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Email Marketing Do’s and Don’ts

Dos and Donts

Email communication continues to be one of the most popular marketing methods for many companies and industries. Many people check their email at least once daily, while others check it every hour or more. Email marketing is an effective way to reach large audiences and share multiple targeted messages through your content.

While email marketing is effective, the process is not always easy. Content managers who practice poor email etiquette could see their messages deleted and left unread. Even if people open an email, they may not do more with it to engage with the content. Delve into the following six key email marketing do’s and dont’s to get the most out of your email marketing.

Do: Choose Quality Over Quantity

Image via Flickr by MadFishDigital

Some people eagerly buy email lists or push their customers to sign up for their emails so they can boast impressive subscription numbers. While a large subscriber list is a great goal to target, that list is essentially useless if your audience never opens, clicks, or buys.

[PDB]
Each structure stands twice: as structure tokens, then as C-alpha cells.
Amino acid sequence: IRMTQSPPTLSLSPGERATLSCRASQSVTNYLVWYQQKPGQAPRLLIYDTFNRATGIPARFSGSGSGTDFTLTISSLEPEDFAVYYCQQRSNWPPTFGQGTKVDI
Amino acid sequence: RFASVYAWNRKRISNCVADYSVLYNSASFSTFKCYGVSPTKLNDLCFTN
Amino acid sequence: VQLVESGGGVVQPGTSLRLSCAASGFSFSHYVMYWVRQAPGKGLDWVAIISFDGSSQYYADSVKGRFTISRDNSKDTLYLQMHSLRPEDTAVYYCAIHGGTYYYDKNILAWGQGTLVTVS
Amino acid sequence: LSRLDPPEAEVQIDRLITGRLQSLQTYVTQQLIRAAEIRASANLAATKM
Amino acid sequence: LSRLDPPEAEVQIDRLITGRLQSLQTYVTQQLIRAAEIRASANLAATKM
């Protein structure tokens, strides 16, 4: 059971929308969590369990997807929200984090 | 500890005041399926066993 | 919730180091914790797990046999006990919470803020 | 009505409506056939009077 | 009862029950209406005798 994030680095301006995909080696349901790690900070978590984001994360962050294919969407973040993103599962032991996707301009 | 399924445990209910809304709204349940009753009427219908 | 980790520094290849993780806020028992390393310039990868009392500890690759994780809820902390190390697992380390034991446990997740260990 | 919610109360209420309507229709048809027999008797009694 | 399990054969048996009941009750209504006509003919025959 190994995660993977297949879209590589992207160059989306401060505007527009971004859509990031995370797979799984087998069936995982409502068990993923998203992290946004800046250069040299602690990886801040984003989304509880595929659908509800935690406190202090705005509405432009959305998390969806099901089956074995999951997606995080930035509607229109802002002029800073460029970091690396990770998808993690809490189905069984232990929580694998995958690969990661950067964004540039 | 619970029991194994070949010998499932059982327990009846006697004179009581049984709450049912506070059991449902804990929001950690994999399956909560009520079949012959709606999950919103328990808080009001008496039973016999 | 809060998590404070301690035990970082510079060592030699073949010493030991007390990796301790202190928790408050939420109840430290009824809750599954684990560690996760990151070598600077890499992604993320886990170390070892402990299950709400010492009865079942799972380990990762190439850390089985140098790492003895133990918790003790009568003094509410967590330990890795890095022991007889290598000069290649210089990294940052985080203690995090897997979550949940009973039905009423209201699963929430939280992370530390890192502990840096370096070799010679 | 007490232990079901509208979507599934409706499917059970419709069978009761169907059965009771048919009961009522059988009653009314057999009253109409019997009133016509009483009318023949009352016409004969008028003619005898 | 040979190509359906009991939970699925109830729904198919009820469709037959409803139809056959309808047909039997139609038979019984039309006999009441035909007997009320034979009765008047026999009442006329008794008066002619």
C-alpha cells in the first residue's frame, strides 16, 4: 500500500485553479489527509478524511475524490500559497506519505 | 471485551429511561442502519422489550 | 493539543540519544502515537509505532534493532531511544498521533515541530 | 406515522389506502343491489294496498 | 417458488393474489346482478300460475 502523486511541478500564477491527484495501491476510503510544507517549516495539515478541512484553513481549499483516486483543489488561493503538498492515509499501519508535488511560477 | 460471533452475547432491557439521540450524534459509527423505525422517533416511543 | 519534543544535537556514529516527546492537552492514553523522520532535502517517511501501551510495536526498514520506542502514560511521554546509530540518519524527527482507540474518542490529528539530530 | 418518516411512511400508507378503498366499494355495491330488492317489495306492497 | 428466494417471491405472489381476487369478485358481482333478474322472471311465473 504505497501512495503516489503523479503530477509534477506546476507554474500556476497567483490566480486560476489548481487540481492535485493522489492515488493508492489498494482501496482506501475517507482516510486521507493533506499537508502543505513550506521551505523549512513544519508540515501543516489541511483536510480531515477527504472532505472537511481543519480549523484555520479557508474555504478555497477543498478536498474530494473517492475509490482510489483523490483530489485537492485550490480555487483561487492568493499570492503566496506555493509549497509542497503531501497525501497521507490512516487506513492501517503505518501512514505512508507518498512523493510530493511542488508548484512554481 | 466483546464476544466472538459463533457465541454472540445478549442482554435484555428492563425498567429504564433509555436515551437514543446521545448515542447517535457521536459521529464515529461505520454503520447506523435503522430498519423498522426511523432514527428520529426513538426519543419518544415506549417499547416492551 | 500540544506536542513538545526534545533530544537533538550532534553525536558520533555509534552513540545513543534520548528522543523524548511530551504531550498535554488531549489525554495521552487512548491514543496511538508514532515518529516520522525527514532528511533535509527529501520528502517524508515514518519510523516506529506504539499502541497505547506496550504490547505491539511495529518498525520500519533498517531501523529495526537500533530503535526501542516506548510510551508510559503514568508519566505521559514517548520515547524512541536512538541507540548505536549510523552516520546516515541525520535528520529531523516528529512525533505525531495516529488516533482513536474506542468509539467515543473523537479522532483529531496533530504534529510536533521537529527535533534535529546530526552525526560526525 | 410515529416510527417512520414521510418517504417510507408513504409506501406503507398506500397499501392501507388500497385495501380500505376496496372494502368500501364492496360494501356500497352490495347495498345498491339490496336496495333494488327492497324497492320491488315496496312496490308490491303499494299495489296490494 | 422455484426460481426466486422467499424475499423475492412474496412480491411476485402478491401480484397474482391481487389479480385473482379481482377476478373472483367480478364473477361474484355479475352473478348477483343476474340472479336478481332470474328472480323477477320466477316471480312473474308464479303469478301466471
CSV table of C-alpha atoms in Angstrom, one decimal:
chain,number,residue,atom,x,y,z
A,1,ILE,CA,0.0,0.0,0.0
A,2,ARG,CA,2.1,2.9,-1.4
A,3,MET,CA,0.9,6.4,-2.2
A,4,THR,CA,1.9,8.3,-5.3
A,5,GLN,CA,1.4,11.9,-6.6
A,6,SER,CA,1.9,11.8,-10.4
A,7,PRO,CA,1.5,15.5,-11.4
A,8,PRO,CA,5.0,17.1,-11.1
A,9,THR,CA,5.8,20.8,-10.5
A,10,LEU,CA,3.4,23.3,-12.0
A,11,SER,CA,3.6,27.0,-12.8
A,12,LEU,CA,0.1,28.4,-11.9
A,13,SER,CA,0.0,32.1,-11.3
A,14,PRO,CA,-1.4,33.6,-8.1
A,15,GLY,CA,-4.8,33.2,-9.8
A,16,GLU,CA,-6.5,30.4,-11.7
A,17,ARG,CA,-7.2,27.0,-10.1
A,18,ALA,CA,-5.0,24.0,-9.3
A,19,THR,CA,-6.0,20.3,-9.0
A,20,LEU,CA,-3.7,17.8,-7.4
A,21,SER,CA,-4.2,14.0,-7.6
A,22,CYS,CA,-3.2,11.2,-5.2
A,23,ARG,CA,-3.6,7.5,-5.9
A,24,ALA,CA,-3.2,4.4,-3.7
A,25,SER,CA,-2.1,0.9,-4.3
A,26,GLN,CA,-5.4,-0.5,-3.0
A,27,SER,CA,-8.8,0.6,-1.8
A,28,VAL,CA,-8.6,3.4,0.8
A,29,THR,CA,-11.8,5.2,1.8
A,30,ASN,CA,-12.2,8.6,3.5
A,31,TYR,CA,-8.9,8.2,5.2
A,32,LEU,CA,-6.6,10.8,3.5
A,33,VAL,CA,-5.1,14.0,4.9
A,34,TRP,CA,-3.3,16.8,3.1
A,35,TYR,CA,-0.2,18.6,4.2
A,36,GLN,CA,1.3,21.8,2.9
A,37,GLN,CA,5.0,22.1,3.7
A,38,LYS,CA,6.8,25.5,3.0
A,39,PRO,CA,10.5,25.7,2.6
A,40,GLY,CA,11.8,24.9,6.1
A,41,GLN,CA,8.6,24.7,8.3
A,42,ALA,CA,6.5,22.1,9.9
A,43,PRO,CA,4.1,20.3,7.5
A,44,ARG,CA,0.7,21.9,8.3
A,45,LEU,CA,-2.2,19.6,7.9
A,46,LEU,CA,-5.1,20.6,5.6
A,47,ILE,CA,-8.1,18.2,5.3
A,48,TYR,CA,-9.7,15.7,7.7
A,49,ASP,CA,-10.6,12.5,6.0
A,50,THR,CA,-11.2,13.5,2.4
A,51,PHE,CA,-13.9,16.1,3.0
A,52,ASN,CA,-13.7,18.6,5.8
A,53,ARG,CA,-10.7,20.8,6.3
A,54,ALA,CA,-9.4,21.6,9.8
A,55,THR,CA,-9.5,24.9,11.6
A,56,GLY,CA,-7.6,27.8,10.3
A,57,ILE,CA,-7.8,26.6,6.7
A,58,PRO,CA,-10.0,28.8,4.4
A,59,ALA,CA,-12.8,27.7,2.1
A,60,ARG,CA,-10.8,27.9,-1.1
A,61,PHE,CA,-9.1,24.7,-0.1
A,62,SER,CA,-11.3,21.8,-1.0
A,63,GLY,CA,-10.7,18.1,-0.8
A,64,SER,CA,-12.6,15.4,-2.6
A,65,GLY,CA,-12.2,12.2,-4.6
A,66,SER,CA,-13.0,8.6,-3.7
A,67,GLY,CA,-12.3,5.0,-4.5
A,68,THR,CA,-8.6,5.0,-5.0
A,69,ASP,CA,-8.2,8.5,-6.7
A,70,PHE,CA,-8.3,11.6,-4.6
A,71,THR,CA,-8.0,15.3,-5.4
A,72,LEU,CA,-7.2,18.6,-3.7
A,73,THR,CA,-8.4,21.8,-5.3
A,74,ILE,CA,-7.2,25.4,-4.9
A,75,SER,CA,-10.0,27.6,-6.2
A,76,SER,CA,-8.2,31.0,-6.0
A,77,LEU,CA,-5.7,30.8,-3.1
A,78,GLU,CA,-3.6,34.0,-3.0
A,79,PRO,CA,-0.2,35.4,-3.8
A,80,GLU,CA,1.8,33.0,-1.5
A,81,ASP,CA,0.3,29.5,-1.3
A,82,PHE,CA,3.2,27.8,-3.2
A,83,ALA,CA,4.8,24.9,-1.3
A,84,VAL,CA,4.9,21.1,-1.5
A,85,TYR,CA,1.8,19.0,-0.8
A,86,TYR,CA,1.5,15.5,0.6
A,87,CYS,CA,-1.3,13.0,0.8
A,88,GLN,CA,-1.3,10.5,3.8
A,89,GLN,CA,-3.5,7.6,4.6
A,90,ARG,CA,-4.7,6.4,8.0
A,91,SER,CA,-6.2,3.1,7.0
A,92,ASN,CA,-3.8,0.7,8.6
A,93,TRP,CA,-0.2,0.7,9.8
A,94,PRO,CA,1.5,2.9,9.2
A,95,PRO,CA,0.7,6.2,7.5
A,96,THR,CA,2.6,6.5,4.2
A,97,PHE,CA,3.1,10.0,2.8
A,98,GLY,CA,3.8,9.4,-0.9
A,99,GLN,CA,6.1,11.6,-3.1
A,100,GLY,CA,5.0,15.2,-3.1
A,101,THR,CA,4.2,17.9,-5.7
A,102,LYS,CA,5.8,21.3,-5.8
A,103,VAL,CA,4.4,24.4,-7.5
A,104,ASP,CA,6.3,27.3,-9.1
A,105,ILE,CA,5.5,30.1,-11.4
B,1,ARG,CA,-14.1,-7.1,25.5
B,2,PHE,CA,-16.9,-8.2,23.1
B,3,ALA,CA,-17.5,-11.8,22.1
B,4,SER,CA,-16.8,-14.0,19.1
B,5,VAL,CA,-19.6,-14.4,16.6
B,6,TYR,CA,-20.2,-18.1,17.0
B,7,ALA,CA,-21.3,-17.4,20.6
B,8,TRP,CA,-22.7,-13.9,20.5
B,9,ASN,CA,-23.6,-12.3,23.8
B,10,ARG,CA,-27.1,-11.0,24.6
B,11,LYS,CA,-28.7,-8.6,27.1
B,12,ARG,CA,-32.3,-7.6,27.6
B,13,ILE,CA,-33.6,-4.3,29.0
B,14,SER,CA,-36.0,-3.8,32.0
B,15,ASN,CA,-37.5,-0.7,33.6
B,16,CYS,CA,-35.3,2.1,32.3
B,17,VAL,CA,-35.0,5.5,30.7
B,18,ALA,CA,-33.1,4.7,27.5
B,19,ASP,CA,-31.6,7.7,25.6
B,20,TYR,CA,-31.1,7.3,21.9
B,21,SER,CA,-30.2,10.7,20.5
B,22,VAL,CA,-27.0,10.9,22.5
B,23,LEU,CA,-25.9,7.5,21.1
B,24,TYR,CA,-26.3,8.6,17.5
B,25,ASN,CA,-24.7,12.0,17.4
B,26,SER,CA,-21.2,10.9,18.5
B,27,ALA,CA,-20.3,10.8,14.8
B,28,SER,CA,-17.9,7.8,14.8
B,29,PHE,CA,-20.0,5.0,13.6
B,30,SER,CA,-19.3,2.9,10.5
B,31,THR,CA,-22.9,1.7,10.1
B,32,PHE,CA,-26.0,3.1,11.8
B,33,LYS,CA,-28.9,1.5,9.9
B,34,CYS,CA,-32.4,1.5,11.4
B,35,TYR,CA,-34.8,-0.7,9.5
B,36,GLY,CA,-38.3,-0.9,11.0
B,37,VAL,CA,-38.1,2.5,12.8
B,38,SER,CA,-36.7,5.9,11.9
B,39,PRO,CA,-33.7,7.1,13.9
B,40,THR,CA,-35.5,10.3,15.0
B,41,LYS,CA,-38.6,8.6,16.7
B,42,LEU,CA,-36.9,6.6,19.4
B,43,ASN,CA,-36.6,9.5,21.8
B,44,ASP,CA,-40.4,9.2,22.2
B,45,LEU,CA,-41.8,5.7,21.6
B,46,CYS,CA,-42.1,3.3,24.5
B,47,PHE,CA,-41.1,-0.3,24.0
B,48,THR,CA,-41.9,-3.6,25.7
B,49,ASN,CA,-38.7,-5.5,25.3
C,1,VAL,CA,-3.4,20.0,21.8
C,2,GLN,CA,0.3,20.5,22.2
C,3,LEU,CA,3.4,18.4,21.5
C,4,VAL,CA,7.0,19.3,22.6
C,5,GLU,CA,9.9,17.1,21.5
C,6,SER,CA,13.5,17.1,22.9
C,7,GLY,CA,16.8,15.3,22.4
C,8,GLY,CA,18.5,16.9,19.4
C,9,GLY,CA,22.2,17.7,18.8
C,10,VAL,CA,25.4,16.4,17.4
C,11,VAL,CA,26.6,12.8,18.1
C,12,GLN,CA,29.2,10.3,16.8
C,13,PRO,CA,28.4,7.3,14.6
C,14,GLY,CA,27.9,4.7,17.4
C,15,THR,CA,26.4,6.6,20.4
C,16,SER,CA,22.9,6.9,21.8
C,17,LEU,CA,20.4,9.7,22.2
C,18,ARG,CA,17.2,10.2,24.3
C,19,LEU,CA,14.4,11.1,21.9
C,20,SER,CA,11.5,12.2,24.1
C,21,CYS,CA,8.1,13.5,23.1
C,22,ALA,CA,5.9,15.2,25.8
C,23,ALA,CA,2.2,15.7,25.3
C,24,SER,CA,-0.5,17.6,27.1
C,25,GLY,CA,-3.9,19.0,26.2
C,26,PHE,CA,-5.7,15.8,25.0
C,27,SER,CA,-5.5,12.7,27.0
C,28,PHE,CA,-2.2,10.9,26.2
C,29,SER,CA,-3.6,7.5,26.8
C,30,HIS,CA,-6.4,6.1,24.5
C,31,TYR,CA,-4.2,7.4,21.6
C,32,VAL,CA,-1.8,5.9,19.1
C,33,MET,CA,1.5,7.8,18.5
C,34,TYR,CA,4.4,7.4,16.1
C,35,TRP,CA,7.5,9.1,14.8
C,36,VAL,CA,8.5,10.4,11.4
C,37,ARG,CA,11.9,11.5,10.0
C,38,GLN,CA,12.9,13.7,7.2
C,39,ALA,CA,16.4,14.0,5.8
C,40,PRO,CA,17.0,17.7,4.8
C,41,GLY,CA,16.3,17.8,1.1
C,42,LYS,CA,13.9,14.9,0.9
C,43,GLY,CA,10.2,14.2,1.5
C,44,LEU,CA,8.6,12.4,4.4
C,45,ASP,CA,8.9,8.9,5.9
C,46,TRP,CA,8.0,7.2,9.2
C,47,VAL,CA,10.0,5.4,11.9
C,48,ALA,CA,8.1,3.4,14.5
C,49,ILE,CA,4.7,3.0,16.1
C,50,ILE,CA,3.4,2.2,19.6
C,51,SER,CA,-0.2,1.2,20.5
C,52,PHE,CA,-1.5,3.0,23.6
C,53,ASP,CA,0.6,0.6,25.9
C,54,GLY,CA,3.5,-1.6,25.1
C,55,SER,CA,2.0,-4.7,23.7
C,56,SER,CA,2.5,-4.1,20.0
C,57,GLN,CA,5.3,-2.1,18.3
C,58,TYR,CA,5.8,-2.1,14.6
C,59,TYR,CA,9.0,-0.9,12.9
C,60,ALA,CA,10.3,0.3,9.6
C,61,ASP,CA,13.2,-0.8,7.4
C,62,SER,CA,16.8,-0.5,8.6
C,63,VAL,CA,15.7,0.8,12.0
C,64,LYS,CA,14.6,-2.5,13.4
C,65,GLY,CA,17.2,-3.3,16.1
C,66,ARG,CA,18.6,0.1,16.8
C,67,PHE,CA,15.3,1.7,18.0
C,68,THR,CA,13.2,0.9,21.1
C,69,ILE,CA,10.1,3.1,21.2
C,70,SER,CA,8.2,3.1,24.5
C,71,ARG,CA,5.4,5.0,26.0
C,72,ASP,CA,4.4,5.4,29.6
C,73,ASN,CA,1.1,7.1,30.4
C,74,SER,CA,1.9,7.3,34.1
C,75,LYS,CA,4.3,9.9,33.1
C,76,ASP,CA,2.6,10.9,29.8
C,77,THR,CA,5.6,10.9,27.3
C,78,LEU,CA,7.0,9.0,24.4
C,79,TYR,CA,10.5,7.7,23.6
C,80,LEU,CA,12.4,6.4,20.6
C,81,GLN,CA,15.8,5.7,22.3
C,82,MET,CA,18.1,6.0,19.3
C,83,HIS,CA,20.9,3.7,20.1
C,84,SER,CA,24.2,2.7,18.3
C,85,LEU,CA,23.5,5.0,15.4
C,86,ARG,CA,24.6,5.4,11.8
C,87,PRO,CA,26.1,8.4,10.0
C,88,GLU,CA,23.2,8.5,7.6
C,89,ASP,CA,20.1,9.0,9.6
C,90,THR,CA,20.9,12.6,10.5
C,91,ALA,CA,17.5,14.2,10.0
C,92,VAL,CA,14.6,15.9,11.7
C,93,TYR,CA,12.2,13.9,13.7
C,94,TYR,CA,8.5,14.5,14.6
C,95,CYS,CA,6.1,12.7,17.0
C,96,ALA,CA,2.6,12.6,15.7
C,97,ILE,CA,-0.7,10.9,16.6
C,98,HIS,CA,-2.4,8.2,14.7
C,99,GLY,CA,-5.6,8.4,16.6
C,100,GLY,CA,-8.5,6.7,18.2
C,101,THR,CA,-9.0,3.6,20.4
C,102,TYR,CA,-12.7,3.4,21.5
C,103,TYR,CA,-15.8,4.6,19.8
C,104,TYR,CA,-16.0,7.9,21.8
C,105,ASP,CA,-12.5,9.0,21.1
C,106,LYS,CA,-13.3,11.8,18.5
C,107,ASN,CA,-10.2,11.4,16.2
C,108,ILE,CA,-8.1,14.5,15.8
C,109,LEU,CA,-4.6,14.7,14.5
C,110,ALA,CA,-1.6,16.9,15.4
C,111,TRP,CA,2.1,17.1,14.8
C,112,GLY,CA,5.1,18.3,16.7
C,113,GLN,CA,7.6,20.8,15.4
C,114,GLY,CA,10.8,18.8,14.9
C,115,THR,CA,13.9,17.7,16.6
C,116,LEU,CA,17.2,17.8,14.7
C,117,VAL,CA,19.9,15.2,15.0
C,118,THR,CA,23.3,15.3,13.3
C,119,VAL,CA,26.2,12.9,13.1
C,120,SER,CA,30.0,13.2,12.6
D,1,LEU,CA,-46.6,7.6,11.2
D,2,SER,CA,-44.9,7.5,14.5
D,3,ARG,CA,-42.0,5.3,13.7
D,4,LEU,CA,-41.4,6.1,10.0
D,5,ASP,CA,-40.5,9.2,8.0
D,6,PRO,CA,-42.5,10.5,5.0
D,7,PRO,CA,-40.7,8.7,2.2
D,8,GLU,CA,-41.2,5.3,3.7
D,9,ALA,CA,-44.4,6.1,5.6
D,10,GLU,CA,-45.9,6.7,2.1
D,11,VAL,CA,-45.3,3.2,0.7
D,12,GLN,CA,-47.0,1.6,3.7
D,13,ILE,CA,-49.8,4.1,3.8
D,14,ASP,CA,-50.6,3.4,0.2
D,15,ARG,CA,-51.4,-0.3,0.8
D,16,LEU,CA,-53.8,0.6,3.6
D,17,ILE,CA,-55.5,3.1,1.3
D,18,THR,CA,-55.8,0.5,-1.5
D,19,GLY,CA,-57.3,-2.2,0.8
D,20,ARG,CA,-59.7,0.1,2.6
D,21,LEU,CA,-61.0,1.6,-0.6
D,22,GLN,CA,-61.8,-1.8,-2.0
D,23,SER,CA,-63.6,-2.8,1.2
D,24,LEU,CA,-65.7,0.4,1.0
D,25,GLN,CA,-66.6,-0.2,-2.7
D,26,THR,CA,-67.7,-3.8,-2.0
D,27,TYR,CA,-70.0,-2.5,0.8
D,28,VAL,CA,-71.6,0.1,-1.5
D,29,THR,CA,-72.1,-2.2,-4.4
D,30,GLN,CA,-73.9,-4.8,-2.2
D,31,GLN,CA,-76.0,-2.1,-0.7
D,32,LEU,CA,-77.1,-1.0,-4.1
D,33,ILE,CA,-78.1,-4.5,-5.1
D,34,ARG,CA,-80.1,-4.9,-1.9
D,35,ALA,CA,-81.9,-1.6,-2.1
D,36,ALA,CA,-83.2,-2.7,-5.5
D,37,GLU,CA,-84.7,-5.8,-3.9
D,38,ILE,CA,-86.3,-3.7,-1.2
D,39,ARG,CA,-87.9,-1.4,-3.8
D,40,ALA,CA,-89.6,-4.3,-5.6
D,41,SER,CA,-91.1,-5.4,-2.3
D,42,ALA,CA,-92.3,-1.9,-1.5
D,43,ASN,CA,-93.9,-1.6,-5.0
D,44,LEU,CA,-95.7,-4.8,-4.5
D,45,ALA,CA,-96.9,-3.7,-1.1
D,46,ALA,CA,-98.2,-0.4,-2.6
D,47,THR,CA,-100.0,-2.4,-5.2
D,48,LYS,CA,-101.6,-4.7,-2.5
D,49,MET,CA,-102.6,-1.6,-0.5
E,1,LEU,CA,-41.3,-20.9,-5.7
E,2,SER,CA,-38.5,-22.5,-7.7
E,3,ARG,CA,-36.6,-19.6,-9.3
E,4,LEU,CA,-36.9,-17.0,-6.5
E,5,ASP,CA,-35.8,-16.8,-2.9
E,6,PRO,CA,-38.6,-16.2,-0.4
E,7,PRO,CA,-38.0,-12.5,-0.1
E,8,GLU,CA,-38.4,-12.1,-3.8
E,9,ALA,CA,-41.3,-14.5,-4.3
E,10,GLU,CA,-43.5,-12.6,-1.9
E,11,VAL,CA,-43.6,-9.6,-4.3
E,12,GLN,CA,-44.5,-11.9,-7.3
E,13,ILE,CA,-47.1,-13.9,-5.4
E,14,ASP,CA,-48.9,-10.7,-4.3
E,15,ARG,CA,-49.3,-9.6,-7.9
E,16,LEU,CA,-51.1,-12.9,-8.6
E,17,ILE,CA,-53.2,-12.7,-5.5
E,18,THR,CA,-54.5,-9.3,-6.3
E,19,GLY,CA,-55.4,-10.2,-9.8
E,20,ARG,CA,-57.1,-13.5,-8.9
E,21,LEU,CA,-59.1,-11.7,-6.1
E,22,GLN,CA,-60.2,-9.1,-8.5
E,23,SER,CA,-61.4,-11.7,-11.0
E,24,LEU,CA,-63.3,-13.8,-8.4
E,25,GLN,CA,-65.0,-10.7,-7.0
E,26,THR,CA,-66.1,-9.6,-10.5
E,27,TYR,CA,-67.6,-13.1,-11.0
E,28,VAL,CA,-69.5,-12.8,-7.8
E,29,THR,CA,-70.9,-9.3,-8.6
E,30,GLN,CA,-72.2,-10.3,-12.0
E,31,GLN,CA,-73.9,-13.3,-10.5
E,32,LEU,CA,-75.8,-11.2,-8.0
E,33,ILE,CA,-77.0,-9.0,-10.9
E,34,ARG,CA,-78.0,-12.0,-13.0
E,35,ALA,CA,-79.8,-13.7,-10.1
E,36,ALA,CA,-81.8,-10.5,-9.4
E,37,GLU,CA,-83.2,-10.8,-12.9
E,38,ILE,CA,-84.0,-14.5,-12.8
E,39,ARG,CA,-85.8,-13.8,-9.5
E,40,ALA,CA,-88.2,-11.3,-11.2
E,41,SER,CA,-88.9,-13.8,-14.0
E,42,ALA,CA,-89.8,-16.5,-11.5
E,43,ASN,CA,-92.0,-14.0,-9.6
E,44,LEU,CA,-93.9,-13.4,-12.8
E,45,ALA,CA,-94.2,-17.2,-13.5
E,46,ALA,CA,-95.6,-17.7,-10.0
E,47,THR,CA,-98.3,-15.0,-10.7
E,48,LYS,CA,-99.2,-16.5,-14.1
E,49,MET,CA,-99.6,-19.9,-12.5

In the email marketing world, less is more. Regularly purge your email list of people who never open your emails and consider scaling back the emails you send to people who rarely click through to your content. Why would you want to message people who aren’t interested in what you have to say anyway? Your total subscriber list will decrease, but your other metrics should increase.